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The Twilight Zone Review

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by Casimir Harlow Jan 1, 2006 at 12:00 AM

    “You unlock this door with the key of imagination. Beyond it is another dimension, a dimension of sound, a dimension of sight, a dimension of mind. You're moving into a land of both shadow and substance, of things and ideas. You've just crossed over into the Twilight Zone.”

    Some stories are so rich and deep that they make for timeless classics. I can hear people cry out the name Shakespeare, but I was thinking more along the lines of Orwell or Asimov. Orwell's keen ability to predict the future with haunting accuracy and Asimov's sharp eye for human flaws and weaknesses - and strengths - pitch them as two authors, whose material, if visually interpreted, is likely to achieve a certain enduring resonance. Sure, I Robot's take on Asimov's robot stories is a little less cynical than what we would expect from the master, but the original 1984 movie, with its stellar performances from John Hurt and Richard Burton, still maintains its status as a classic. Ironically I never thought I would find a TV series which had the same sort of timeless feel to it - providing myriad stories that all share the same depth and focus on human behaviour as you would expect from the likes of Asimov. Then I remembered the Twilight Zone.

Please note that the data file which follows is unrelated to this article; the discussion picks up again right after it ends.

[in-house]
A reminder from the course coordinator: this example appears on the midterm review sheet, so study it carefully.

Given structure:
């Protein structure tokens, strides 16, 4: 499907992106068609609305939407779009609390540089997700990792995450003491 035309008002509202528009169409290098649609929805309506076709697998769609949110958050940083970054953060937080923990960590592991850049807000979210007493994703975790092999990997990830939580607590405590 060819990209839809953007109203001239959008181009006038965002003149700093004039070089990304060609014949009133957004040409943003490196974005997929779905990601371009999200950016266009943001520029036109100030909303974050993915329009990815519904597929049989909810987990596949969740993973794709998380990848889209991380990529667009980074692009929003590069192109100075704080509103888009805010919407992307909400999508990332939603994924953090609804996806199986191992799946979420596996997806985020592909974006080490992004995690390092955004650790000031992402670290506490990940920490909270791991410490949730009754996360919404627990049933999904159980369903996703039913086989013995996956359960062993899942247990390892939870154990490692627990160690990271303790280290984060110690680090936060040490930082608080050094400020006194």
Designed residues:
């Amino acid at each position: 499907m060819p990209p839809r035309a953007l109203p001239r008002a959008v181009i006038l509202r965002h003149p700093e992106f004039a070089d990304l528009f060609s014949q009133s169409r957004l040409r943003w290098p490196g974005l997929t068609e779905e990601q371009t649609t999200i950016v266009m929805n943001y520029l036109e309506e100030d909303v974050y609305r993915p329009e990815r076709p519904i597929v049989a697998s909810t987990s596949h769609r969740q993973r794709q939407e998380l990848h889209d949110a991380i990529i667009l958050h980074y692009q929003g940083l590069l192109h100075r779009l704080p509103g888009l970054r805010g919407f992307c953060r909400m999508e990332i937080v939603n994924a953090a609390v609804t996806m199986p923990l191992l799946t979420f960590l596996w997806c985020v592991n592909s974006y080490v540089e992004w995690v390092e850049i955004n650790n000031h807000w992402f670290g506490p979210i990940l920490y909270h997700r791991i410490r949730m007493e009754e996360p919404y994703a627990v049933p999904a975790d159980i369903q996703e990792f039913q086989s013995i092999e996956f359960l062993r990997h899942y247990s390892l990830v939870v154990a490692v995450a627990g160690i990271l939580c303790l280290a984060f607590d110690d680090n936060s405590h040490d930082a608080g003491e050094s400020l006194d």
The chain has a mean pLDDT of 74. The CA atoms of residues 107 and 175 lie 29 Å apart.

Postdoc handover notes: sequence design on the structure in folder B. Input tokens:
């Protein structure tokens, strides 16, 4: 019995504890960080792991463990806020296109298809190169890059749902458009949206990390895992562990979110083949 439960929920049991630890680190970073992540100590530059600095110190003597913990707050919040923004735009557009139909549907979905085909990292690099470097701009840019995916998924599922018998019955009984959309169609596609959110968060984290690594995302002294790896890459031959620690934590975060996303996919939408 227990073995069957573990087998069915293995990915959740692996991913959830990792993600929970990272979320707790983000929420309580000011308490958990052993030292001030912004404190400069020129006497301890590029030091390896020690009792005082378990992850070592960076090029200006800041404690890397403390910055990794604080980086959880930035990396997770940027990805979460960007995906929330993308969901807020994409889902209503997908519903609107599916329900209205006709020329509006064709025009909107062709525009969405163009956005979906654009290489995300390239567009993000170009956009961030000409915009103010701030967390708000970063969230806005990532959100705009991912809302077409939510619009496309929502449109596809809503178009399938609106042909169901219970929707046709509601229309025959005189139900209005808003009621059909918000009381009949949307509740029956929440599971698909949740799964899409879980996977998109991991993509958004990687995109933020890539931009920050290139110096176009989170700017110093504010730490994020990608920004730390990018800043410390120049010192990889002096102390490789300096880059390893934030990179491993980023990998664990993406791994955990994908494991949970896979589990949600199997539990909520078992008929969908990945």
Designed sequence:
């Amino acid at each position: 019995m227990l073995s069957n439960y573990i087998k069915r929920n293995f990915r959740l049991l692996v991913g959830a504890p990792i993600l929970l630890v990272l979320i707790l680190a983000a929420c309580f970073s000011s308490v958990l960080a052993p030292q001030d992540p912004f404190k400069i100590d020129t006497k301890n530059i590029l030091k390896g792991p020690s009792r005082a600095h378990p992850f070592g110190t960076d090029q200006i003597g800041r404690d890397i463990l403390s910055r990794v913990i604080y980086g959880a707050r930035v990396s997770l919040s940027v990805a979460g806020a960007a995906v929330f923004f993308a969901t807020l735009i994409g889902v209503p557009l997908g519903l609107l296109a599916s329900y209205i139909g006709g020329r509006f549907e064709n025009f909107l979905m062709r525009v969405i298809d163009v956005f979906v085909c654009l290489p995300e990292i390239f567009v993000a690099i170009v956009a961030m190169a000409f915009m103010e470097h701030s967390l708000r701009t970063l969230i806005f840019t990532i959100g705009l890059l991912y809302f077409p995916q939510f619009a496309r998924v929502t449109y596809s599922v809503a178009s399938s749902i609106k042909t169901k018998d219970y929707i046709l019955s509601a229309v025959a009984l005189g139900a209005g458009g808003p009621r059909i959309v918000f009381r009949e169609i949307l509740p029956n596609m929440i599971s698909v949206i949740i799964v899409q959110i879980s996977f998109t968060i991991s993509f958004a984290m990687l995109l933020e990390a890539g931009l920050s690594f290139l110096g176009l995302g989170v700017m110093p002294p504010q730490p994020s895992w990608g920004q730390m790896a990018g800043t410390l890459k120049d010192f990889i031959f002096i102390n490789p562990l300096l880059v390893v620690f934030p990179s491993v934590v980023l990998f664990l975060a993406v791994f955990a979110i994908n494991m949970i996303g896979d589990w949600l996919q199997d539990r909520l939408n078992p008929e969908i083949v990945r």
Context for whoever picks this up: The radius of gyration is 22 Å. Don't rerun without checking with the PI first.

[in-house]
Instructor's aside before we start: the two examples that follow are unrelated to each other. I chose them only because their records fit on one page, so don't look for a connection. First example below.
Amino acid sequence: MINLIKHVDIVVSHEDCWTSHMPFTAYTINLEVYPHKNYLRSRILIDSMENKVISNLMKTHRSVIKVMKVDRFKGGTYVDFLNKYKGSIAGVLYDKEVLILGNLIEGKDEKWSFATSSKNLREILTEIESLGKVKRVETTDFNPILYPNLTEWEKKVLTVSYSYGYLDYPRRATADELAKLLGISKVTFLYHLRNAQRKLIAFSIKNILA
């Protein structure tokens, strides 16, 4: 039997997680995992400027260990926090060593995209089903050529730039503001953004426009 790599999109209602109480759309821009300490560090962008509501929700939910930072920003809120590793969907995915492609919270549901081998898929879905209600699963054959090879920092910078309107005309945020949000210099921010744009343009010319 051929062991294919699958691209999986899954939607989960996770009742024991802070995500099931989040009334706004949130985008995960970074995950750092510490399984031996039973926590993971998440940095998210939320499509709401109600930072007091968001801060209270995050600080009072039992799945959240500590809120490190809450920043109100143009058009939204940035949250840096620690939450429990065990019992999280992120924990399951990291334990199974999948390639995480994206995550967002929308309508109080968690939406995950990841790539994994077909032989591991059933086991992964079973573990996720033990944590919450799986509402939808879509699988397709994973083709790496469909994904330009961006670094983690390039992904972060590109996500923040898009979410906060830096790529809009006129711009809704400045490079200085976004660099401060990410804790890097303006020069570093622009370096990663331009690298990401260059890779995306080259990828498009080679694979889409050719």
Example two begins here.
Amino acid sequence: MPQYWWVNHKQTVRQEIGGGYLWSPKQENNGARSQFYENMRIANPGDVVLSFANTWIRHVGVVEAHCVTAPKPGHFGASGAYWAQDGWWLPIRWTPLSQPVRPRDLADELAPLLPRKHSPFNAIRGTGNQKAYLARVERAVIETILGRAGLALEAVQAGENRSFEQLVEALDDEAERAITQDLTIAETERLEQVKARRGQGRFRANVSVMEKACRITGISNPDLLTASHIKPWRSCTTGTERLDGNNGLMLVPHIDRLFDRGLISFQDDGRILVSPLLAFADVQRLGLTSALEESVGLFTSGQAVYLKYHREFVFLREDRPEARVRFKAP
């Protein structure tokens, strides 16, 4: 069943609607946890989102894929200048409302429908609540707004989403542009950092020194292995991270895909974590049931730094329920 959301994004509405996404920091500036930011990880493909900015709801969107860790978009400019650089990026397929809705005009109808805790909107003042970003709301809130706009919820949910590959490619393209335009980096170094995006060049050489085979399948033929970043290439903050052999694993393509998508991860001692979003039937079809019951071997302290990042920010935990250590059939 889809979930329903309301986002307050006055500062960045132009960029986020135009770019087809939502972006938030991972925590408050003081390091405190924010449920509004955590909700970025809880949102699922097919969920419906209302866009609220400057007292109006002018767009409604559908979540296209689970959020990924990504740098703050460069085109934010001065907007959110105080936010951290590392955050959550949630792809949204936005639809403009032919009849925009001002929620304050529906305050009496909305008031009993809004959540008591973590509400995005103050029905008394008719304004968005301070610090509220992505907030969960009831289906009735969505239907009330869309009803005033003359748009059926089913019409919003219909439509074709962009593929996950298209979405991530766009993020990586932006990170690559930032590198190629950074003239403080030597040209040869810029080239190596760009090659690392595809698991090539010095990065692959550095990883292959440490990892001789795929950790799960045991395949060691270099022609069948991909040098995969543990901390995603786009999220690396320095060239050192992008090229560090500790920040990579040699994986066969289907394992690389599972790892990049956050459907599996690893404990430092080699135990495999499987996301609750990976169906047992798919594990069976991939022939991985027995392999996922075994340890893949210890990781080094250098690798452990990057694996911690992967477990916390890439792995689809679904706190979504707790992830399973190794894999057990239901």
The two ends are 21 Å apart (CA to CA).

Season 5 (the last season of the Twilight Zone) contains some truly classic episodes, with no end of famous faces on board (albeit mostly in their early acting stages) for sci-fi, supernatural or even biblical tales. Simplistic in a way reminiscent of Hitchcock's Rear Window is The Jeopardy Room, where Martin Landau's Russian defector faces a worthy adversary on the eve of his escape. Then we have a young William Shatner exploring quite a psychologically demanding role in the classic story Nightmare at 20,000 Feet, where his passenger on board a jet appears to be the only one who can see the creature on the wings that is tearing the plane apart. What should he do? Lee Marvin is on solid form as a boxing trainer forced back into the ring one last time when his boxing android malfunctions and Telly Savalas slowly loses the plot as his daughter's doll comes to life. Other noteworthy names include Star Trek's George Takei, Mickey Rooney, James Coburn and Quincy's Jack Klugman.

    Then there are the less star-orientated but equally compelling visions, including the award-winning An Occurrence at Owl Creek Bridge, where a man due to be executed appears to survive the incident and go home to his family - or is he in the afterlife? Caesar and Me sees a ventriloquist being controlled by his dummy, You Drive sees a car provide the conscience for the hit-and-run driver behind the wheel and Probe 7, Over and Out is a haunting tale of the last two survivors of annihilated planets, who crash-land on Earth. Number 12 Looks Just Like You is eerily reminiscent of The Stepford Wives and Queen of the Nile explores the ideas of immortality and ageless beauty.

    Twilight Zone Season 5 provides thirty-six half-hour episodes, each with gripping stories and fantastic performances. Narrated by Rod Sterling, who wrote the stories themselves and who also gives them a suitable foreword and closing coda, often putting a necessarily positive spin on things, the series is both refreshingly new and scarily familiar. These stories are likely to be eternal classics, consistently re-watchable and endlessly entertaining. Highly recommended.